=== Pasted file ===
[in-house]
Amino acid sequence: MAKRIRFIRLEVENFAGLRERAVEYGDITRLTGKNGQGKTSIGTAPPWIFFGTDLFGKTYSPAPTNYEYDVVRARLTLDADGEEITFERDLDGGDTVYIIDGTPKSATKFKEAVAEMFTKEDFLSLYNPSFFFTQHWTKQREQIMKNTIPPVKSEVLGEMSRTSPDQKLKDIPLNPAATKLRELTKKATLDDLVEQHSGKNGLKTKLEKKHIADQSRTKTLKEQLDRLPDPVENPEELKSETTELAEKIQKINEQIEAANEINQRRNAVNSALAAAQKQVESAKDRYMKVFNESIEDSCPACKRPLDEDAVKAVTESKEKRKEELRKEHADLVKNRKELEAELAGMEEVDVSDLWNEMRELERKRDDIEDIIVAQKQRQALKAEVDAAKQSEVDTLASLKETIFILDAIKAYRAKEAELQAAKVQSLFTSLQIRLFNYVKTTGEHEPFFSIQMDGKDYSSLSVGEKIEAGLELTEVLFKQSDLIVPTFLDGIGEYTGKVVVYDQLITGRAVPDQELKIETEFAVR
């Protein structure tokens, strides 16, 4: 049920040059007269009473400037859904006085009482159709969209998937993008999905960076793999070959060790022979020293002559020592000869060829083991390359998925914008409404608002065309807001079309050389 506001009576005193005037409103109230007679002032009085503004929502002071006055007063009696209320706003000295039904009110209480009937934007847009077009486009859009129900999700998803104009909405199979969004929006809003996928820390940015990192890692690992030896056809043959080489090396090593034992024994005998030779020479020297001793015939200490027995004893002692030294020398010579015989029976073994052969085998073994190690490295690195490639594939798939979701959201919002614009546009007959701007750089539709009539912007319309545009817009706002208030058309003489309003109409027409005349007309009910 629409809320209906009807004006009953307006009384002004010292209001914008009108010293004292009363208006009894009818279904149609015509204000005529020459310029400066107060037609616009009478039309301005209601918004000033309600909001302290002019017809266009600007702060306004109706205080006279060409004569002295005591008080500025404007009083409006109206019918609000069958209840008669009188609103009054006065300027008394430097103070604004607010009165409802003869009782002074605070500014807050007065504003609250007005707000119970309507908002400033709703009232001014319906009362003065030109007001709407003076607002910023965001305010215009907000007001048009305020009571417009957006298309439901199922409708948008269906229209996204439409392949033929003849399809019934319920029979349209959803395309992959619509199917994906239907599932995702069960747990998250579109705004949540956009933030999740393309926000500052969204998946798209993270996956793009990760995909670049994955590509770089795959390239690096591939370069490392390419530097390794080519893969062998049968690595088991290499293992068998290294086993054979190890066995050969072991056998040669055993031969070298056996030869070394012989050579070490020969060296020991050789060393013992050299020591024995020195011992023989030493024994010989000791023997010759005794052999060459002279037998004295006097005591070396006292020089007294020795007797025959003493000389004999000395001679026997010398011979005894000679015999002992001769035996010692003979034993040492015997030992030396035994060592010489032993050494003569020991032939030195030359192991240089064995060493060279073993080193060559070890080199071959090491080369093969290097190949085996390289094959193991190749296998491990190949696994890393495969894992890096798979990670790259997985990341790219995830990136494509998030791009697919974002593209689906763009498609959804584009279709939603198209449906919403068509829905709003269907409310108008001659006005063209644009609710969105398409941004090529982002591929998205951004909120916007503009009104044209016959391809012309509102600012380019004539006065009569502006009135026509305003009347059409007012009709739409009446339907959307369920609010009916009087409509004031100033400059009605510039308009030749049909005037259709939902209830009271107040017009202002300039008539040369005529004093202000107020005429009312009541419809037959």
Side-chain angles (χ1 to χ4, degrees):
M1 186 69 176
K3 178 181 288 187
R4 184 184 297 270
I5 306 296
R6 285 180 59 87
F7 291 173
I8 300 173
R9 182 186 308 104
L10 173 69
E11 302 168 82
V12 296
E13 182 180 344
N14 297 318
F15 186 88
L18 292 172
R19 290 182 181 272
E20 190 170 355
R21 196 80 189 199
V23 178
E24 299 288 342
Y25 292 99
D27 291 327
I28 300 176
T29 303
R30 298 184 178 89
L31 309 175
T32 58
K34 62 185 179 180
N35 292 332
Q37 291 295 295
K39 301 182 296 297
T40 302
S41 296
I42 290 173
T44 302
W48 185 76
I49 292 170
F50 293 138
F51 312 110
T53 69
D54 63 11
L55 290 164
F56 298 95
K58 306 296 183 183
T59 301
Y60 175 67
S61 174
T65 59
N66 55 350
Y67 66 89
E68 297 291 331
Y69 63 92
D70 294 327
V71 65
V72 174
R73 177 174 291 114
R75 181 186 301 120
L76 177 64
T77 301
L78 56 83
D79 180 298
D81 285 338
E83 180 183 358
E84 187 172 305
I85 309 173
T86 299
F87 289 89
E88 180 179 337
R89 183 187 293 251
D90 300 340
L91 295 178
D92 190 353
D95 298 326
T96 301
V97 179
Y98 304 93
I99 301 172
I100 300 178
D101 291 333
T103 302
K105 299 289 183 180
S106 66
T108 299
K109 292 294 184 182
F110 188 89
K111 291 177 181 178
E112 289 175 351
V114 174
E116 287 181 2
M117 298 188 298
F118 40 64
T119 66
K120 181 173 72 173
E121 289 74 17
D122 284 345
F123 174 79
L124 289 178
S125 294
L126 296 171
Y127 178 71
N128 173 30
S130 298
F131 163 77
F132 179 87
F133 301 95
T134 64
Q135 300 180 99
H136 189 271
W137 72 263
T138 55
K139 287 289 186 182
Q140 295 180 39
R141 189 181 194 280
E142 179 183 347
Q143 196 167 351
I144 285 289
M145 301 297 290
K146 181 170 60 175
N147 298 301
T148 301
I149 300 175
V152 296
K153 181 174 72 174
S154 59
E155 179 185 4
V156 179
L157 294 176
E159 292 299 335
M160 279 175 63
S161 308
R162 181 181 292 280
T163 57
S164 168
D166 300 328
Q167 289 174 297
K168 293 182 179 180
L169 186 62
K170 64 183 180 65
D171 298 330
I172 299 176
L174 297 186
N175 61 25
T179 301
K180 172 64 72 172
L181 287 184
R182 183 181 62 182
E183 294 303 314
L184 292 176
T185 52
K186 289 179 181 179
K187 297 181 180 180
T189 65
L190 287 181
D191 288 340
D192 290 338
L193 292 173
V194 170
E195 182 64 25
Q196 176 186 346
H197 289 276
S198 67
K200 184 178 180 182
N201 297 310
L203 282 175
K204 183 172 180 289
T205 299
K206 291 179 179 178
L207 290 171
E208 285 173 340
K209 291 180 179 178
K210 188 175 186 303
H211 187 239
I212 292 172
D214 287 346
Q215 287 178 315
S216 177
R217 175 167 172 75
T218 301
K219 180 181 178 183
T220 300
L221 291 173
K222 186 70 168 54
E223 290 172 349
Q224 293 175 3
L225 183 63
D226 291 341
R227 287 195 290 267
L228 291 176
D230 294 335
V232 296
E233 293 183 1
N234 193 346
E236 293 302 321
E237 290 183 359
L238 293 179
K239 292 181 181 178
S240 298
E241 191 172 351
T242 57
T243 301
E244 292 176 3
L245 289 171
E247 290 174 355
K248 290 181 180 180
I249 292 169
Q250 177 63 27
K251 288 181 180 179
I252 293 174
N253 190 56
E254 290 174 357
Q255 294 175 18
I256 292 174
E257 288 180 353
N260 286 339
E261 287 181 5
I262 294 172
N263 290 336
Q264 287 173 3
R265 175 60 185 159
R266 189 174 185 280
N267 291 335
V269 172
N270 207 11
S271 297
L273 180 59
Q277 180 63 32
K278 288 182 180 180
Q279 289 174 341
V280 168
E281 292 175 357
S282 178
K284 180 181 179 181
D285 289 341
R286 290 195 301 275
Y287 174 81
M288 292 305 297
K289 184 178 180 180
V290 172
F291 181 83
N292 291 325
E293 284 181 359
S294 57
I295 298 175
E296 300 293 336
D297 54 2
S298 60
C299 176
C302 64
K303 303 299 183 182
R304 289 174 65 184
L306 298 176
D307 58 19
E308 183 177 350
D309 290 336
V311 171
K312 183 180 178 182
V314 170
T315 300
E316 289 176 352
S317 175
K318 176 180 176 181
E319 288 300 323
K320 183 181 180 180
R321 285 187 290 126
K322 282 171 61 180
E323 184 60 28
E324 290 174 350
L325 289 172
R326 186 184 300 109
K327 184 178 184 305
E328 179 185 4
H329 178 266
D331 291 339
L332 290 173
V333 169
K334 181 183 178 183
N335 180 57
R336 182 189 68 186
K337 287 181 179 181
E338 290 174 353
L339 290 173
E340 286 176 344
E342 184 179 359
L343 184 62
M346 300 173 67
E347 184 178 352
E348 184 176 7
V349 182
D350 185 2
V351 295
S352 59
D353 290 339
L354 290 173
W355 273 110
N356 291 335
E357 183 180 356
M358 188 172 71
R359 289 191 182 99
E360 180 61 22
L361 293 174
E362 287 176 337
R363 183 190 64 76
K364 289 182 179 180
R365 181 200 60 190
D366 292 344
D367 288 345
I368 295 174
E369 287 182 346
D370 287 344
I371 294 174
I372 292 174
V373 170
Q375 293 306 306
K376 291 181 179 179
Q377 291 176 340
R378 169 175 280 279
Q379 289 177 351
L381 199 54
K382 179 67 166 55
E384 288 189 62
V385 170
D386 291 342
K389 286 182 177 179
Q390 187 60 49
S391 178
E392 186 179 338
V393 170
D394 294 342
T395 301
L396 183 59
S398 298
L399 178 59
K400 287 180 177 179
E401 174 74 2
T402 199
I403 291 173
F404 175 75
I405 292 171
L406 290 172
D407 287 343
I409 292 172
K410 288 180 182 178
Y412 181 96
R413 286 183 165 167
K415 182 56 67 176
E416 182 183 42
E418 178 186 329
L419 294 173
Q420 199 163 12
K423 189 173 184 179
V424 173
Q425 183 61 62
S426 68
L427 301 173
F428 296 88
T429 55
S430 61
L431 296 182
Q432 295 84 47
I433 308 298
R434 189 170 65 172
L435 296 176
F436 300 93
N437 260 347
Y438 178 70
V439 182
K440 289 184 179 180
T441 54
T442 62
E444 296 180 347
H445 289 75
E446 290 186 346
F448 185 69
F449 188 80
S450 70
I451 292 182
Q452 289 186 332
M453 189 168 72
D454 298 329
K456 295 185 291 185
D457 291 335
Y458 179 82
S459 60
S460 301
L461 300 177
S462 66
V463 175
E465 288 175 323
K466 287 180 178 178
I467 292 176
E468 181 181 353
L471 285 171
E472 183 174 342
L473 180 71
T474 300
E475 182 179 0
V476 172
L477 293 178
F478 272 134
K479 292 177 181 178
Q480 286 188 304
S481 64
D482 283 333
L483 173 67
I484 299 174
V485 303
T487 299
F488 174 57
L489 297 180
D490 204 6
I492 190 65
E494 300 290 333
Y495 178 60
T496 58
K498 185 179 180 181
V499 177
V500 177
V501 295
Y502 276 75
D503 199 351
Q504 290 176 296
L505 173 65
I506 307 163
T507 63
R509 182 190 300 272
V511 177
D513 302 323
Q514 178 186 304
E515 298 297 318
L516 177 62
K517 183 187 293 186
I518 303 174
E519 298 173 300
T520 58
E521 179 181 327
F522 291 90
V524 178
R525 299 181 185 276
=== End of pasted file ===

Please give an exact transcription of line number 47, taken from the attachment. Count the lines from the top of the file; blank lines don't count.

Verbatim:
F56 298 95